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PROTRACK » GENERAL » Melissa Breen returns from Japan after her best run ever

Melissa Breen returns from Japan after her best run ever

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Breen’s best ever 100m still not enough

By David Polkinghorne
Canberra Times
May 6, 2012

Melissa Breen returns from Japan after her best run ever JD-breen-artlead_20120506193119286449-420x0
Athlete Melissa Breen crossed the line to win the 100m at the AIS. Photo: Richard Briggs

Canberra sprinter Melissa Breen has capped her Japanese tour with her ‘‘best run ever’’ despite again missing out on the elusive A-qualifier for the London Olympic Games.

Breen finished second behind American Allyson Felix in the women’s 100 metres at the Golden Grand Prix in Kawasaki yesterday.
The 21-year-old stopped the clock at 11.38 seconds, 0.16s behind the 2009 200m world champion.

It means Breen is yet to record an A-qualifying time for London but she has run two times within 0.02s of the 11.29s she needed to be guaranteed of a ticket to the London Olympic Games.

She has also run multiple B-qualifying times and is eligible for Athletics Australia to give her a discretionary selection.
But for Breen the time wasn’t important.

She was thrilled just to have beaten home sprinters of the quality of Japanese record holder Chisato Fukushima, as well as Ivet Lalova, from Bulgaria.

Lalova has a 100m personal best of 10.77s giving Breen hope she can mix it with the best.

Breen led the field for the first 80m but was run down by Felix.

‘‘I’m just really happy right now. I really can’t care about the time because that’s probably been my best run ever in my career. Conditions were horrendous today, there were massive storms, the track was wet, it was windy as, so I’m just really stoked with the way I performed,’’ she told The Canberra Times.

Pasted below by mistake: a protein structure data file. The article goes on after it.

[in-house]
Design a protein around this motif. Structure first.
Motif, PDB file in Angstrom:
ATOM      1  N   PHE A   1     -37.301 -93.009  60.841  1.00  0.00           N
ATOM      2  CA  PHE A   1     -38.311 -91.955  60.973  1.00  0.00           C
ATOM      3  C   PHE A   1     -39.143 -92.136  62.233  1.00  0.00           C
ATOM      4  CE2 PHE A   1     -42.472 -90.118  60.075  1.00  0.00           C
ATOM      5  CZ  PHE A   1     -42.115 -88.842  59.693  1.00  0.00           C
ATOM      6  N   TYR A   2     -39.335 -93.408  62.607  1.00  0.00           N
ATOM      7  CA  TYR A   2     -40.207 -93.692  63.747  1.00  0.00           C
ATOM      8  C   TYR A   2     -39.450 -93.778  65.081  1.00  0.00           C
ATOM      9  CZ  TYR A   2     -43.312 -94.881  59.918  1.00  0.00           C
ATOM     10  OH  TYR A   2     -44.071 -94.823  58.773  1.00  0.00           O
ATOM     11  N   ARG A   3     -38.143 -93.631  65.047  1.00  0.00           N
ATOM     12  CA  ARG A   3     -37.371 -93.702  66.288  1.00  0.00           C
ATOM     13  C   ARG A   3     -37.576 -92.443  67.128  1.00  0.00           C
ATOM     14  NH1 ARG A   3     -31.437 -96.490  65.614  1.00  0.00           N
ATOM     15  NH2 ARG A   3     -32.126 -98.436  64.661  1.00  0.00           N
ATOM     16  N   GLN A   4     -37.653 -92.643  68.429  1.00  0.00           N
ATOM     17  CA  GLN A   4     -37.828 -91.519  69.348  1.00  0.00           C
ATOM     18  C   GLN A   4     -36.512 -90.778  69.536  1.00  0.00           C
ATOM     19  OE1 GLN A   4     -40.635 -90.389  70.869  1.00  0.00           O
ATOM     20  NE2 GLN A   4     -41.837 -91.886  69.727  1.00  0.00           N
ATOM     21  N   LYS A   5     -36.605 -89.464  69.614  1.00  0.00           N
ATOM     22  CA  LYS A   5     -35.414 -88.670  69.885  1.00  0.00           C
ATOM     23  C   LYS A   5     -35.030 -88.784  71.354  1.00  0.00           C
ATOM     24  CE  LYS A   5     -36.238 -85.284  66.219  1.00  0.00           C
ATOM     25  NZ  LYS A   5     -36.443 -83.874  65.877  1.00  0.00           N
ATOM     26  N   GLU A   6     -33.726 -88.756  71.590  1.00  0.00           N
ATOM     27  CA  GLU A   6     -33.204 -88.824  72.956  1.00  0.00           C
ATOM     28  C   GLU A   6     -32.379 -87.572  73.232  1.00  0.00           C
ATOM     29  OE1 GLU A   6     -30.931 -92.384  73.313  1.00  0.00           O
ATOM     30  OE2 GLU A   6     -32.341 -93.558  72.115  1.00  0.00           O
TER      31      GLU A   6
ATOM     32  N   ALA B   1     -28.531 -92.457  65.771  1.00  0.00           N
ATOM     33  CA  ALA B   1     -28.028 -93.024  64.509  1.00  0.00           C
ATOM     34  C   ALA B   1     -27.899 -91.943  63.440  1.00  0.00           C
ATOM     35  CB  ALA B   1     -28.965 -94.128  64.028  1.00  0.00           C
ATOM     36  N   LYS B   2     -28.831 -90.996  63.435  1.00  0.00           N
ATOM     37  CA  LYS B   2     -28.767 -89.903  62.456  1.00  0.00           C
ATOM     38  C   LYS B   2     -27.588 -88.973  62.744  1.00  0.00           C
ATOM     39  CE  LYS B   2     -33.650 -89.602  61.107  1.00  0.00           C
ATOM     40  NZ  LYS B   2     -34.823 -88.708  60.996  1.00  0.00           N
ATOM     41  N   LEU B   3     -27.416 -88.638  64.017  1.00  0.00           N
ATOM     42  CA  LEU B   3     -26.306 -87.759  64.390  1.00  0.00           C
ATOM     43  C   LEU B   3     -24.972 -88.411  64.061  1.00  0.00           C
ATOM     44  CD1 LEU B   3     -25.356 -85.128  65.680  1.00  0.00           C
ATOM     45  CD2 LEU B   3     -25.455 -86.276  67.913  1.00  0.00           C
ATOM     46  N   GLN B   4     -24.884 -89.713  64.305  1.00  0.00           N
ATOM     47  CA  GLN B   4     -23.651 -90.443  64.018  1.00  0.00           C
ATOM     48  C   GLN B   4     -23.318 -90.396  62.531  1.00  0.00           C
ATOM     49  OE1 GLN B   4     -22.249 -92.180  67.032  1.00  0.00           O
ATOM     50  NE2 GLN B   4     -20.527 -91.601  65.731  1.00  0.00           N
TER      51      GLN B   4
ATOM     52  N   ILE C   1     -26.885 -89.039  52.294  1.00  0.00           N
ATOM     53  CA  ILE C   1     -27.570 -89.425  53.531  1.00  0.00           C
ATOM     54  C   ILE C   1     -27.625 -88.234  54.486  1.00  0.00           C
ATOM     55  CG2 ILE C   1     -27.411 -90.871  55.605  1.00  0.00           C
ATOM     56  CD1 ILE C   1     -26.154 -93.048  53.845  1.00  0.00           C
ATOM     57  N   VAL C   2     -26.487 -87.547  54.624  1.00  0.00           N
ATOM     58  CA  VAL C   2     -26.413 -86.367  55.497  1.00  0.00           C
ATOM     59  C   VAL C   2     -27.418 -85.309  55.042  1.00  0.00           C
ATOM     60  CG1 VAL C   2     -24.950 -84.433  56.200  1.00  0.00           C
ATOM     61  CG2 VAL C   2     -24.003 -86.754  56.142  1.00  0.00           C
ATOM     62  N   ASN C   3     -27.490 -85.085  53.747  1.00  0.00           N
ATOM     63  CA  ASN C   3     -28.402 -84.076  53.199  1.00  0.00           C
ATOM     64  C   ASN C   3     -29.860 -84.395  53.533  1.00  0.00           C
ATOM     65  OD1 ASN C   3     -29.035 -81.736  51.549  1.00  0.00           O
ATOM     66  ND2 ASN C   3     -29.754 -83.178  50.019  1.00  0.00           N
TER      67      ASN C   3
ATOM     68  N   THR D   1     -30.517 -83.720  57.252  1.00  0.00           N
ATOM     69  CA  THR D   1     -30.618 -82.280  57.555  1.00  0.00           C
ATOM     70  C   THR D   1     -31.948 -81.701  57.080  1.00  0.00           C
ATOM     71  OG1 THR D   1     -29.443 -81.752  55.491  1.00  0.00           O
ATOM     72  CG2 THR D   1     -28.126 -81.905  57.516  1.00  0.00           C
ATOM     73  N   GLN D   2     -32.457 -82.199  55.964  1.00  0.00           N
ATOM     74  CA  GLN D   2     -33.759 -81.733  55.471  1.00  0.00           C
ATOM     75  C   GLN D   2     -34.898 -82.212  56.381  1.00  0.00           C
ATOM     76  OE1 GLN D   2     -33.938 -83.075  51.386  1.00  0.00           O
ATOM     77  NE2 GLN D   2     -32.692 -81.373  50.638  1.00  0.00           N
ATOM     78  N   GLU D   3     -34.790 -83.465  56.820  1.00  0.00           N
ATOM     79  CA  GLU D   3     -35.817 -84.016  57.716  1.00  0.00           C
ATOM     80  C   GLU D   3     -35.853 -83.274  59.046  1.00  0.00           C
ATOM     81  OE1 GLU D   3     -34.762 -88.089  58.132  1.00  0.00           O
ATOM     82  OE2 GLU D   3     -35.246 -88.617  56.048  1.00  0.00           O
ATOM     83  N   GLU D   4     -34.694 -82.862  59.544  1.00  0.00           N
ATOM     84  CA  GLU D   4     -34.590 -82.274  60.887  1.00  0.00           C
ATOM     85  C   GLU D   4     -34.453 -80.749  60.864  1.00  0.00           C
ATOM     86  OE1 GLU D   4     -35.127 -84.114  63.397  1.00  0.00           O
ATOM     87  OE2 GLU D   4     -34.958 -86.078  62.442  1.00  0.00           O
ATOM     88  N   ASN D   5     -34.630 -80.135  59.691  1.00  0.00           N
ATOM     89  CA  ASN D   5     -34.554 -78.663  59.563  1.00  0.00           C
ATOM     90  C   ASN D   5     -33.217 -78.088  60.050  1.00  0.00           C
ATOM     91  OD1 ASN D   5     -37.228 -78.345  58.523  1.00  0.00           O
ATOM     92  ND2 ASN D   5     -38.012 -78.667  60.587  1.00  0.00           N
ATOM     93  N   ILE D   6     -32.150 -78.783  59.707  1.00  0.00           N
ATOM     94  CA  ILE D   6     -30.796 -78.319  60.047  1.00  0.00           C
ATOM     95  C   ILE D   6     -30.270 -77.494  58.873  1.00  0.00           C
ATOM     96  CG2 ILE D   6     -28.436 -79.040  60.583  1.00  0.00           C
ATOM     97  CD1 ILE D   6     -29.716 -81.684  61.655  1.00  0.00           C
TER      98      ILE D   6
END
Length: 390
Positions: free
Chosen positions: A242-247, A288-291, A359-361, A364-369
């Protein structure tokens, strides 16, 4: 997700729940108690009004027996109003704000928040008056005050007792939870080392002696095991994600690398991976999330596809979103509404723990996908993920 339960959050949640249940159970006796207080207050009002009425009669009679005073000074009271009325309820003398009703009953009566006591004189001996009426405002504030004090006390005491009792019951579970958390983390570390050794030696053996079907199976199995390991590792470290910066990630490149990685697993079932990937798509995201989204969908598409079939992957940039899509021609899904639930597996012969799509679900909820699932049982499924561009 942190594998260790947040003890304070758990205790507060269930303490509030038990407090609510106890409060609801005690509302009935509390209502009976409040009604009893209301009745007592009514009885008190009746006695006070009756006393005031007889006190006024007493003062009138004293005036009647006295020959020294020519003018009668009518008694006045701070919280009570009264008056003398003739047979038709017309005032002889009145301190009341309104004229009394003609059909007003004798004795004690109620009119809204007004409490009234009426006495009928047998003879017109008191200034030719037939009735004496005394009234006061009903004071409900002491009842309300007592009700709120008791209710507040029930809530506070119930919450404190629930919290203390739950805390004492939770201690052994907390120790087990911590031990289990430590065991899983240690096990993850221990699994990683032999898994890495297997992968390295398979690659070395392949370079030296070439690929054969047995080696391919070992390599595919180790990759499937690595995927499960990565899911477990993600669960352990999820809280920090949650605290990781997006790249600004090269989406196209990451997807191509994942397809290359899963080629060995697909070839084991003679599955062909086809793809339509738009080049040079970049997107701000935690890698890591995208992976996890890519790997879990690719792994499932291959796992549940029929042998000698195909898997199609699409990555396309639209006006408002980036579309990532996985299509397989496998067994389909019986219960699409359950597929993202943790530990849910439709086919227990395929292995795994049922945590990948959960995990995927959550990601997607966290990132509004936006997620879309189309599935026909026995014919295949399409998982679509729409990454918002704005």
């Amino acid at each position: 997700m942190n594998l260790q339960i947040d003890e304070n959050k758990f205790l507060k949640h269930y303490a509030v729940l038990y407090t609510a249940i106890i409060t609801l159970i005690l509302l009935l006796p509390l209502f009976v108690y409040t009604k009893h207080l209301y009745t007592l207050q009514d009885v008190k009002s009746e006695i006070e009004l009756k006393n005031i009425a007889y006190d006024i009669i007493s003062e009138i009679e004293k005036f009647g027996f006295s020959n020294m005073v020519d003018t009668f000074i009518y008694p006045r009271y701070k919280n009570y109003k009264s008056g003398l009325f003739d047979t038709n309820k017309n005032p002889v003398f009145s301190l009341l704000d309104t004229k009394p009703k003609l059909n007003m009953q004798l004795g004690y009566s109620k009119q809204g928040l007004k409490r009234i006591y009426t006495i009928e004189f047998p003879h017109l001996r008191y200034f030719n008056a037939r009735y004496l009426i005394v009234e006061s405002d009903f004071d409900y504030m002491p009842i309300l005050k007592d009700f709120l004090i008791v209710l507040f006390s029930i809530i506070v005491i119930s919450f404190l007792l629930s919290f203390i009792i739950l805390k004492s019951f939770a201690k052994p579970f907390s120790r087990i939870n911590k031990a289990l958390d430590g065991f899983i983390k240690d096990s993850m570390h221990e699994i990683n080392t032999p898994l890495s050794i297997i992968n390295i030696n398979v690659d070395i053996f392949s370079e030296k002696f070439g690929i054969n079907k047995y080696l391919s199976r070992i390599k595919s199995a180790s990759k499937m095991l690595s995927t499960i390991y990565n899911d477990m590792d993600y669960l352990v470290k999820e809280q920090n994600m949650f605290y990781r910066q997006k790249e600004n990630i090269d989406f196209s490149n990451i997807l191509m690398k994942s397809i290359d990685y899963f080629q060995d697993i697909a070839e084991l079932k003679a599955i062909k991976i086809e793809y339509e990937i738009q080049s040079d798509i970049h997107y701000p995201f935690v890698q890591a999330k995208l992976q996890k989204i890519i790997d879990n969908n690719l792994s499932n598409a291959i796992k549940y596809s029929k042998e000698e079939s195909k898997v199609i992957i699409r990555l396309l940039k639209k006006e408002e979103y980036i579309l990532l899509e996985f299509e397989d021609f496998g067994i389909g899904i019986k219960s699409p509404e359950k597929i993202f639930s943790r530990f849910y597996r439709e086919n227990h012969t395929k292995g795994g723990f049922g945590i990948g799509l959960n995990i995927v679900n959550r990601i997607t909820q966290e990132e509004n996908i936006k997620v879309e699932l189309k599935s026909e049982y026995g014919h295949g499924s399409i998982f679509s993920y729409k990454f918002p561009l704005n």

Now she will return home to Kambah and begin a month-long block of training.

She hadn’t decided whether to run any more races in a bid to record an A-qualifier before the June 11 deadline; instead she’ll sit down with her coach Matthew Beckenham to decide.

‘‘It would be detrimental to my performance later in the year if I keep chasing [times] now. I need to get some training under my belt. I think that’s the plan for now but I’ll know more after a chat and debrief with my manager and my coach,’’ Breen said.

Whatever happens this year for Breen, she has been backed by Australia’s all-time fastest woman as having a bright future in athletics.

Melinda Gainsford-Taylor holds the Australian women’s 100m and 200m records – marks she set more than 15 years ago.

She ran 11.12s at Sestriere, Italy, in 1994 and 22.23s in the 200m at Stuttgart, Germany, in 1997.

Gainsford-Taylor wants to see her records broken so she is excited about the development of Breen.

She sees a lot of potential in the young Canberran – potential that might not be reached for another six or seven years when she reaches her physical peak.

Sprinting requires strength and it takes time to develop the powerful muscles needed to fly down the track.